Bringing Public Health Home: Matos-Moreno's Hurricane Relief Mission in Puerto Rico

Amilcar Matos Moreno

Amilcar Matos-Moreno

PhD Candidate, Epidemiology

I did my undergrad in social sciences, followed by an MPH in biostatistics, at the University of Puerto Rico. The summer after completing my MPH, I moved to Michigan with my wife, Yabetza Vivas. She is studying orchestra conducting at Bowling Green State University. I worked as a biostatistician at the Child Health and Evaluation Research Center at the C.S. Mott Children's Hospital for two years. My boss there sparked my interest in the Michigan Public Health Epidemiology department. Based on my research interests, he said that social epidemiology might be the perfect program for me. With an interest in public health on top of my desire to get a PhD and become a professor, I was ready to go back to school.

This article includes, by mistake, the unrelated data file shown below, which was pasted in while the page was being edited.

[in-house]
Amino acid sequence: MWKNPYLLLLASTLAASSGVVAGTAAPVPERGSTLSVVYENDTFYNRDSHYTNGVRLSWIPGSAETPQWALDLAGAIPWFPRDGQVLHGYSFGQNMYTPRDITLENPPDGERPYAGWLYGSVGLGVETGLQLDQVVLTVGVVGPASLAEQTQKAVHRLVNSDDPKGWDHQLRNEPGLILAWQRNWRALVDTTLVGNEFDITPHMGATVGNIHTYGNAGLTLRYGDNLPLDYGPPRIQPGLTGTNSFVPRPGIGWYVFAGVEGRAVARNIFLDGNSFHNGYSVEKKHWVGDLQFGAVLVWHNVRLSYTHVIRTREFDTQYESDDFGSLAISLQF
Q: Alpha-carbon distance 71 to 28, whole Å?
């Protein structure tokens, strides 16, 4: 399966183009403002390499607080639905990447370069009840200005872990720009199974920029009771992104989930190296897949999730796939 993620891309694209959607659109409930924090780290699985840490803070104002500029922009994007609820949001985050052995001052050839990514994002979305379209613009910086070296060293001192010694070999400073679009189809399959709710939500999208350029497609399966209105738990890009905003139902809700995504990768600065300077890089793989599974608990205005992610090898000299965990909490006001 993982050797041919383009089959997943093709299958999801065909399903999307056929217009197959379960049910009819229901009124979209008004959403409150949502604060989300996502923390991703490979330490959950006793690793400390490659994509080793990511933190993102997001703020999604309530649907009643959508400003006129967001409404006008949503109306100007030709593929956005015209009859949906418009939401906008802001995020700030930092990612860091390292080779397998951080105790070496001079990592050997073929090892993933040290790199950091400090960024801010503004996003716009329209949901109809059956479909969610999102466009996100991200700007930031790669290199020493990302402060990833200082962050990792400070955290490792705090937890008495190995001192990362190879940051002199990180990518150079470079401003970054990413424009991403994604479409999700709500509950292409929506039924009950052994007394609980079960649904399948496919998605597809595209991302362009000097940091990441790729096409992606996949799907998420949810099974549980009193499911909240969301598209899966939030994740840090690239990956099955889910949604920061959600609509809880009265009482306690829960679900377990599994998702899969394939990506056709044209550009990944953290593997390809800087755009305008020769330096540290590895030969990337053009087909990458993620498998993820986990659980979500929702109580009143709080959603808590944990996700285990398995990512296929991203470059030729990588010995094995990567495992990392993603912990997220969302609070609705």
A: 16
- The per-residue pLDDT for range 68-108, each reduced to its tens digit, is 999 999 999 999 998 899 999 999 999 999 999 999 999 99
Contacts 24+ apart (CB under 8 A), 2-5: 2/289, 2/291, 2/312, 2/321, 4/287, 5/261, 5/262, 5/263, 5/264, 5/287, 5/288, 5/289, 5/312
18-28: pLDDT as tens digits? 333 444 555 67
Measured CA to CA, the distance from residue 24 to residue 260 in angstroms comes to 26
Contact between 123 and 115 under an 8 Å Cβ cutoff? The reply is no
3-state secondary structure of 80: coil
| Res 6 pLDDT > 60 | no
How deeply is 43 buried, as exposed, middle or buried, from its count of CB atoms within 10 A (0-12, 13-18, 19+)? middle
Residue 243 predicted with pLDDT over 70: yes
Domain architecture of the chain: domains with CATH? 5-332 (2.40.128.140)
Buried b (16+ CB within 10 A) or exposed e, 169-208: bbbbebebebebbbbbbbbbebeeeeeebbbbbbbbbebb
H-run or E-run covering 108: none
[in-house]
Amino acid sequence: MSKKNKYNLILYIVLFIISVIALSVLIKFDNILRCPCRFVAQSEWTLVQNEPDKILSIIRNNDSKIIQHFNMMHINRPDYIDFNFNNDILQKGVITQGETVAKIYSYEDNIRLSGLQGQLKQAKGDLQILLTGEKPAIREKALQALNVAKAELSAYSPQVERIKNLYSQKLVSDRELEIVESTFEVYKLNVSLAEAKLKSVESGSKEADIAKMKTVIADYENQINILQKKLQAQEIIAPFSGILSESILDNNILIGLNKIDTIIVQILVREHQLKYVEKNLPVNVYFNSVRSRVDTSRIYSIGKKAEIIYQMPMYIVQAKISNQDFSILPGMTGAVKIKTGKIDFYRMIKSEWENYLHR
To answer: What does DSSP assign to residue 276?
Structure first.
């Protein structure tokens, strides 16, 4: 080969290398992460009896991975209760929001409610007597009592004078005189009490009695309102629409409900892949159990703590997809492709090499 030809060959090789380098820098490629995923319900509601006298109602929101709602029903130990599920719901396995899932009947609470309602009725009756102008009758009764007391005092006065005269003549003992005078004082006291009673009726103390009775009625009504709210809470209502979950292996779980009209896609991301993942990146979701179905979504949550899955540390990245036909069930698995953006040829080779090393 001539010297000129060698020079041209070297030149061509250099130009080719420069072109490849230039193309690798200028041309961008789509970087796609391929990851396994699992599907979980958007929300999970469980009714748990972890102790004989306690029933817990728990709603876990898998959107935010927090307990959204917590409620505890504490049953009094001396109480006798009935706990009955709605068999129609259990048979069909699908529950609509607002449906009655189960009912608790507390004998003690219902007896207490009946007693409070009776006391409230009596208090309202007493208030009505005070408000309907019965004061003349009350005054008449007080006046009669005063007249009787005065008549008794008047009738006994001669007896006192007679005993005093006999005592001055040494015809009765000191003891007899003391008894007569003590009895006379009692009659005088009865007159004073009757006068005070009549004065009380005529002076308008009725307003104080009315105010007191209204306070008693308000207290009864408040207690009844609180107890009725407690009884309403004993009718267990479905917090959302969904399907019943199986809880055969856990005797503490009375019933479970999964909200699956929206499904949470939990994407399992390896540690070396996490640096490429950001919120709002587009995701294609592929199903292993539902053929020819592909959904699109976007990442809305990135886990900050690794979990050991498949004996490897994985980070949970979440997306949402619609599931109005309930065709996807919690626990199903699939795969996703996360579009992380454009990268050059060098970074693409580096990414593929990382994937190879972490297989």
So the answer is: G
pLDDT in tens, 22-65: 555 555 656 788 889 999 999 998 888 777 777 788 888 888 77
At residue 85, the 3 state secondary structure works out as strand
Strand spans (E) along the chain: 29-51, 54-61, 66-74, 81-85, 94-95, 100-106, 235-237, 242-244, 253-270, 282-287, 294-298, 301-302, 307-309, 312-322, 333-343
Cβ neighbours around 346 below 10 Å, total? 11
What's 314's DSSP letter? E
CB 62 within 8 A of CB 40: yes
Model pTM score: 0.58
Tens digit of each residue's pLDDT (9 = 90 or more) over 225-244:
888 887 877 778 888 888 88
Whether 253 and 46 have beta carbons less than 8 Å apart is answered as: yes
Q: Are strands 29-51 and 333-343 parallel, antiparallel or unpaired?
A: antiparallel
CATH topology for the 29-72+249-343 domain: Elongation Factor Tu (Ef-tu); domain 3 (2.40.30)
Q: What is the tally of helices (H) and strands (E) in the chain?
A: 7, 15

I am currently working with Carlos Mendes de Leon, professor of epidemiology at Michigan Public Health. We are planning for a dissertation about the Puerto Rican population, specifically older adults. We're working on psychosocial determinants of age-associated diseases in the Puerto Rican population in the United States and Puerto Rico. I'm in the process of writing my proposal right now, so it's not definite yet, but that's what I want to do.

There is a huge public health problem in Puerto Rico that no one is talking about, which is the main reason for the focus of my dissertation. A decade ago, a mass migration began. The population is declining, and the percentage of the population that is older is on the rise. Of the people who migrate every year, 95 percent are between the ages of 25 and 45.

People 65 and older now make up 25 percent of Puerto Rico's population. A decade ago, that segment was only 12 percent of the population. Working-age people are leaving, and the percentage of retirement-age people is growing. The economy is becoming unbalanced. This is threatening the health care system, which will be burdened by the lack of a taxbase.